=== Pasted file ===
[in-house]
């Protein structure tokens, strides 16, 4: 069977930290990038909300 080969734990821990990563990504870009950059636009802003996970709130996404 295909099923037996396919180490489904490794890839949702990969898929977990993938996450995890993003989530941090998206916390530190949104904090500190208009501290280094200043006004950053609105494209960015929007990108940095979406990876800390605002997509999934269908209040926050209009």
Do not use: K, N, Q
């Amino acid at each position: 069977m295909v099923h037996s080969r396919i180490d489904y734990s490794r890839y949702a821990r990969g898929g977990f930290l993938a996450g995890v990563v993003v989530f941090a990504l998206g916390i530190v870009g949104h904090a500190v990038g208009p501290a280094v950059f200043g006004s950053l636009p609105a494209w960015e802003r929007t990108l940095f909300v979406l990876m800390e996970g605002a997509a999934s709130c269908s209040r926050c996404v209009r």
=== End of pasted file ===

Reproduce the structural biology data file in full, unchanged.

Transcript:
[in-house]
């Protein structure tokens, strides 16, 4: 069977930290990038909300 080969734990821990990563990504870009950059636009802003996970709130996404 295909099923037996396919180490489904490794890839949702990969898929977990993938996450995890993003989530941090998206916390530190949104904090500190208009501290280094200043006004950053609105494209960015929007990108940095979406990876800390605002997509999934269908209040926050209009």
Do not use: K, N, Q
């Amino acid at each position: 069977m295909v099923h037996s080969r396919i180490d489904y734990s490794r890839y949702a821990r990969g898929g977990f930290l993938a996450g995890v990563v993003v989530f941090a990504l998206g916390i530190v870009g949104h904090a500190v990038g208009p501290a280094v950059f200043g006004s950053l636009p609105a494209w960015e802003r929007t990108l940095f909300v979406l990876m800390e996970g605002a997509a999934s709130c269908s209040r926050c996404v209009r």